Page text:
First Flight: The Story of Tom Tate and the Wright Brothers (I Can Read Book 4 Series)


Up, up, and away!

When Tom Tate hears that Wilbur and Orville Wright are building a flying machine, he can't wait to try it. Tom's dad thinks it's dangerous. Some people think the Wrights are crazy. Can Tom help the brothers get their dream off the ground?

A twelve-year-old boy named Tom Tate meets Orville and Wilbur Wright and witnesses the invention of the airplane in Kitty Hawk, North Carolina,...

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Up, up, and away!

When Tom Tate hears that Wilbur and Orville Wright are building a flying machine, he can't wait to try it. Tom's dad thinks it's dangerous. Some people think the Wrights are crazy. Can Tom help the brothers get their dream off the ground?

A twelve-year-old boy named Tom Tate meets Orville and Wilbur Wright and witnesses the invention of the airplane in Kitty Hawk, North Carolina, in 1903.

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Editorial Reviews

Children's Literature
One hundred years ago, the Wright Brothers made a successful controlled flight at Kitty Hawk, NC. It didn't happen overnight and it didn't happen without mishaps and lots of hard work. Orville and Wilbur had built a flying machine-a glider-and young Tom Tate wanted to fly. He got his chance. His father and uncle were helping the Wright brothers. It was 1900 and the brothers were trying to perfect their flying machine. They came back the next year, but still had problems. In 1912 they were back again and this time they knew they wanted their machine to be powered by an engine so that they could control the flight. Then in 1903, they succeeded, and Tom was witness to it all. The author's note at the end is a very nice touch. 2003, HarperCollins, Ages 4 to 8.
— Marilyn Courtot
Children's Literature - Uma Krishnaswami
None of the tall tales that young Tom Tate was known to tell could possibly compare with the amazing events he witnessed, and in which he later was a participant. Here is the tale of the creation of the first airplane told from the point of view of the first boy (and only the second person) to fly with those maverick inventors, the Brothers Wright, at Kitty Hawk. A kid-friendly format and the light touch of the illustrator enhance the story.
School Library Journal
Gr 1-3This easy reader tells the delightful story of young Tom Tate, a boy who assisted the Wright Brothers with experiments for their historic flying machine. The author's note identifies Tom as a real person and supplies basic facts of his life, but the story focuses only on "Will and Orv's" visits to Kittyhawk. The fictionalized dialogue is fairly realistic and the story line progresses at an even pace. Bolognese has carefully researched the watercolor illustrations, which are consistent with photographs of the events. Children will identify with the spirit of this boy who enthusiastically volunteered to try out the glider when there wasn't enough wind to lift the grown men. A fine addition.Sharon R. Pearce, San Antonio Public Library, TX
Kirkus Reviews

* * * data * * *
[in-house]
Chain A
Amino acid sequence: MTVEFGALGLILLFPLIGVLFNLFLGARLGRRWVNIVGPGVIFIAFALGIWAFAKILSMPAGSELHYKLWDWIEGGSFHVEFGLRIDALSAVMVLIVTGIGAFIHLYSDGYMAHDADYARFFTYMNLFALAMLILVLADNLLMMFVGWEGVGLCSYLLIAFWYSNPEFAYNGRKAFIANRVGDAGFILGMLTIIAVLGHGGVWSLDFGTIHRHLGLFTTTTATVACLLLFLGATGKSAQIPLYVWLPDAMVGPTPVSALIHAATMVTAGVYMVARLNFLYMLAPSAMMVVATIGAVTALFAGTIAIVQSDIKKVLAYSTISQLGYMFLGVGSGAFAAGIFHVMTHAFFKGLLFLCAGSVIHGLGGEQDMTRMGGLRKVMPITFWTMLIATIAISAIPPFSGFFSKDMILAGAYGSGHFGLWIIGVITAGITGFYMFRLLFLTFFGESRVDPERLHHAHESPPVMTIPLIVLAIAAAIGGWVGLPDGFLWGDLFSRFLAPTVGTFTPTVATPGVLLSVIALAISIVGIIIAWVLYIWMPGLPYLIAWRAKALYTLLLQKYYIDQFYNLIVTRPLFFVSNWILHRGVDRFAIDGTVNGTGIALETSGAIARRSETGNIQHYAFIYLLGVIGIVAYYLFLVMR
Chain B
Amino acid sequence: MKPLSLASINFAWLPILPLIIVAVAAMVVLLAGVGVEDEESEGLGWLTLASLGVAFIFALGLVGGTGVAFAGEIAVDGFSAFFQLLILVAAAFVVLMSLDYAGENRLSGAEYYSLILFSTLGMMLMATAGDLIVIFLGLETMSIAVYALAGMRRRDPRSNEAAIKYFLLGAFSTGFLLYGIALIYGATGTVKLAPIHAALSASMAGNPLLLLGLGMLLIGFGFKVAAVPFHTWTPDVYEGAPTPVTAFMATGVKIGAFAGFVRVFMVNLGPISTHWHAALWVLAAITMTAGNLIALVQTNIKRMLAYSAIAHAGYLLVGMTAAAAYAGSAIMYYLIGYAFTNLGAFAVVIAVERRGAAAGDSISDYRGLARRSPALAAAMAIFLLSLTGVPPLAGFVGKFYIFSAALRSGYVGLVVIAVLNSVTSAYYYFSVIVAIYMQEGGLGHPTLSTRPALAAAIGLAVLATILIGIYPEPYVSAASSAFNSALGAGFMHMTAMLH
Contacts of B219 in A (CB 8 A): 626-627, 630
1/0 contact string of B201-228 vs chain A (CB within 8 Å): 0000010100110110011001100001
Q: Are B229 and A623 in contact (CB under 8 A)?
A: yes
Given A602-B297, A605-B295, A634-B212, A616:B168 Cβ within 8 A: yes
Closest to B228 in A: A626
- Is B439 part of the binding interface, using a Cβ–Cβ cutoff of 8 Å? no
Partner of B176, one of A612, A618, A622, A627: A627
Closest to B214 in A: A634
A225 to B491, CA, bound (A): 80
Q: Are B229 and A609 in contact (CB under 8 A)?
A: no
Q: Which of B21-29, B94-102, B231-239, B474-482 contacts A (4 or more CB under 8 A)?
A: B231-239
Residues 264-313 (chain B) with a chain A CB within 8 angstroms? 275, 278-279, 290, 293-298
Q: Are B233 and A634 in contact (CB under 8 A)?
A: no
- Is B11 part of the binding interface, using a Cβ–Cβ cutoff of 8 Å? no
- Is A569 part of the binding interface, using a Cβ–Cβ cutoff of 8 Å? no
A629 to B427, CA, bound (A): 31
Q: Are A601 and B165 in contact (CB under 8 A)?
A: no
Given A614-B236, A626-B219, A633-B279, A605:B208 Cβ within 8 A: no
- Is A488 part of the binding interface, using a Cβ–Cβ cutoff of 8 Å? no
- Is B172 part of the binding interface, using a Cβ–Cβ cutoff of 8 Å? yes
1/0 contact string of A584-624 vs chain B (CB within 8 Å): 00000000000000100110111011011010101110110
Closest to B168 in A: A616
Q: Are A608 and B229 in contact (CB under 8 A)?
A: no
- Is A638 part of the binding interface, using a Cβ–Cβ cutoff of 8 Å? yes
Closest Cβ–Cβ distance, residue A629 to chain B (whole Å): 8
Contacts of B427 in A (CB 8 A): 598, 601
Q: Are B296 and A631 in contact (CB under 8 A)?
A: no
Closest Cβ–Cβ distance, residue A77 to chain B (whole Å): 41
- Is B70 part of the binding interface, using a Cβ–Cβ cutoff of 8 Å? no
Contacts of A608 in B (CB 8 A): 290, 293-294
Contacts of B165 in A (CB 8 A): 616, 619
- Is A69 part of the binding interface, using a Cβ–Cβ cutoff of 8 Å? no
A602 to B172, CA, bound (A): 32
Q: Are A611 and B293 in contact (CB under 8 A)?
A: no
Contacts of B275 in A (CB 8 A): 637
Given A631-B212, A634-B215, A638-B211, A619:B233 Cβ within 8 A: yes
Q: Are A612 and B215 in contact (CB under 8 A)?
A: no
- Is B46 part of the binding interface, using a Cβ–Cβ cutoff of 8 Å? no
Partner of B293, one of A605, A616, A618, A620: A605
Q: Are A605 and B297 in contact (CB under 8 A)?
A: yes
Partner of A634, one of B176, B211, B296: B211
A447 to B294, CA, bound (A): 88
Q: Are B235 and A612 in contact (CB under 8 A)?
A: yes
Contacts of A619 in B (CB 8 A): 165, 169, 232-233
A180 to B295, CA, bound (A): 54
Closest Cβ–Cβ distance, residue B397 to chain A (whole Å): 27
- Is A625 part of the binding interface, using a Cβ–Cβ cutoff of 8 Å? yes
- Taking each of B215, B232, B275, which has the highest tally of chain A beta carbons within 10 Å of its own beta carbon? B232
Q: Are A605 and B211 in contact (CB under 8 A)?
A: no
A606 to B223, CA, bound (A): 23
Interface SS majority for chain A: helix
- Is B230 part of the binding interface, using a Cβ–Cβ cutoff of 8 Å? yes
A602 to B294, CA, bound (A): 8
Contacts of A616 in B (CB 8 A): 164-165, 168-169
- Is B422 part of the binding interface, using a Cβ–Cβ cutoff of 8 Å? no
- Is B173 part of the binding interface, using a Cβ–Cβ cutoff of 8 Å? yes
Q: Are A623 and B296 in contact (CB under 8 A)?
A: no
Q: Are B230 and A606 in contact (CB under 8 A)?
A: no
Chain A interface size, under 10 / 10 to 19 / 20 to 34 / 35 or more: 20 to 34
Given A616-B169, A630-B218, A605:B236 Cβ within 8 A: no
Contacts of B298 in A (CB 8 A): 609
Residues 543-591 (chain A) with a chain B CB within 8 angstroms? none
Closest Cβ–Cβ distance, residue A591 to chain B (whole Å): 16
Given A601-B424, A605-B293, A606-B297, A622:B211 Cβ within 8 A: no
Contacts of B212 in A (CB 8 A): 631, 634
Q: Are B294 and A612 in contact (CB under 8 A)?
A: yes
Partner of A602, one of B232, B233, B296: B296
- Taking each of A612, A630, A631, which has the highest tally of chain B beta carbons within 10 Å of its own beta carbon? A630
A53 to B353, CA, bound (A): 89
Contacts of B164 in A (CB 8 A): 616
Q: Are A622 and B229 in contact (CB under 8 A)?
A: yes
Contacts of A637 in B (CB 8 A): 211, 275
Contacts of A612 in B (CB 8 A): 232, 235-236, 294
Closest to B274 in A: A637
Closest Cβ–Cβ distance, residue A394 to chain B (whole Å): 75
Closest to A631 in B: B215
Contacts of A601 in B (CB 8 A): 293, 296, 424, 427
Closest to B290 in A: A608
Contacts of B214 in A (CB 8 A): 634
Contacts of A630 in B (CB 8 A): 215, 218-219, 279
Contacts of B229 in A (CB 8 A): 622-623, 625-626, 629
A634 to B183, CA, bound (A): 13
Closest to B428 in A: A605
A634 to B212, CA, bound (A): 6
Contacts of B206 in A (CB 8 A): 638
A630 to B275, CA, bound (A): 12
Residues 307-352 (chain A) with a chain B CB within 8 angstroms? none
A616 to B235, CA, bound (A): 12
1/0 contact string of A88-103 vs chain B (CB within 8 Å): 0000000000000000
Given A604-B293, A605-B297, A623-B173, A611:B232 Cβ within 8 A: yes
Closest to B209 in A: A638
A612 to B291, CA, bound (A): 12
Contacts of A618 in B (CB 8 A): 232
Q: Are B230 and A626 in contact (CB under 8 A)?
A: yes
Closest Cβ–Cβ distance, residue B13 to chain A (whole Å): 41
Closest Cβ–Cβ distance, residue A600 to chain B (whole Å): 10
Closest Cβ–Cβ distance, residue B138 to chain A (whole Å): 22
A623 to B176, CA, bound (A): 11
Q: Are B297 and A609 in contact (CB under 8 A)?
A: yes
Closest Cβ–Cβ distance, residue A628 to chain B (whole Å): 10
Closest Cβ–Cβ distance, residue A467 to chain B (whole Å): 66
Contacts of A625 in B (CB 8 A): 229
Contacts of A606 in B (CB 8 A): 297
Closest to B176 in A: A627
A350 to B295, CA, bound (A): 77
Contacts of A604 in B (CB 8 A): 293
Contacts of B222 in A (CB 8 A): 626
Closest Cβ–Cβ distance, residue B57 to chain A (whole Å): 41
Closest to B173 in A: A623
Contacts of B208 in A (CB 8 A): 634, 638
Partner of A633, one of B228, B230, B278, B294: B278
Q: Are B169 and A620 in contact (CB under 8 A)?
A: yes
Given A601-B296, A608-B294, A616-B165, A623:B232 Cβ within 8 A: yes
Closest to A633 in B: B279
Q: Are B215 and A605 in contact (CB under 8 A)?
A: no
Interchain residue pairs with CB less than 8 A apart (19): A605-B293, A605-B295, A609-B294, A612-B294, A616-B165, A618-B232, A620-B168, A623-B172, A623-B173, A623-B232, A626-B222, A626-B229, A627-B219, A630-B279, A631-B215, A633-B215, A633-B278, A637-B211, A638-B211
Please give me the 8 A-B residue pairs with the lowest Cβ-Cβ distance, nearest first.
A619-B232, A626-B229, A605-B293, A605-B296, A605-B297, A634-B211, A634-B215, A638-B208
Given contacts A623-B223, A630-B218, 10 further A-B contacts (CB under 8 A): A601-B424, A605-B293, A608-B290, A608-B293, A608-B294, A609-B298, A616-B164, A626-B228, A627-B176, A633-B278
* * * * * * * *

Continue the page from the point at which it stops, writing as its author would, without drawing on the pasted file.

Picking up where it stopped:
This is a true tale of a boy who befriended the aviation pioneers and who was the second person to fly in their original glider. No one believes Tom, a Kitty Hawk resident and reputed storyteller, when he claims to have met two men from Ohio who are planning to fly through the air. The scoffing does not subside when Tom truthfully states that he flew the glider. Over the years, the Wright brothers make trips to Kitty Hawk, each time refining their machine, until the successful 1903 flight—and Tom is always there to witness it. This entry in the I Can Read Chapter Book series seems just right for new readers: Tom's presence makes the historical incident more accessible. The tale, with its limited vocabulary, doesn't allow for much character development, but has enough inherent drama to overcome the format. Bolognese's pictures add an old-fashioned touch, with a refreshingly simple palette that warmly evokes the era.
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Product Details

  • ISBN-13: 9780064442152
  • Publisher: HarperCollins Publishers
  • Publication date: 9/28/1997
  • Series: I Can Read Book 4 Series
  • Edition description: Reissue
  • Pages: 48
  • Sales rank: 160,648
  • Age range: 8 - 11 Years
  • Lexile: 460L (what's this?)
  • Product dimensions: 5.54 (w) x 8.54 (h) x 0.14 (d)

Meet the Author

George Shea's careful research for this book included interviews with Tom Tate's son. Mr. Shea is the author of Amazing Rescues and lives in Los Angeles.

Don Bolognese has illustrated many notable children's books, including the I Can Read books Wagon Wheels by Barbara Brenner and Buffalo Bill and The Pony Express by Eleanor Coerr. He divides his time between Vermont and New York City.

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Sort by: Showing 1 Customer Reviews
  • Anonymous

    Posted December 28, 2002

    Somewhat accurate.. Great story

    As a decendant of Tom Tate, there is one fact you should know. Tom was not the second person to fly the glider. When Orville and Wilber wanted to try a manned flight, they selected Tom, cousin of my mothers cousin William Tate, as the choice because he was light enough for their early glider experaments, but had enough "mass" to simulate the effects that a human would have on their airframe. Tom was not only the first boy to fly a non balloned powered flight, he was the first person. Orville was the second to take flight in the glider after. Great book!

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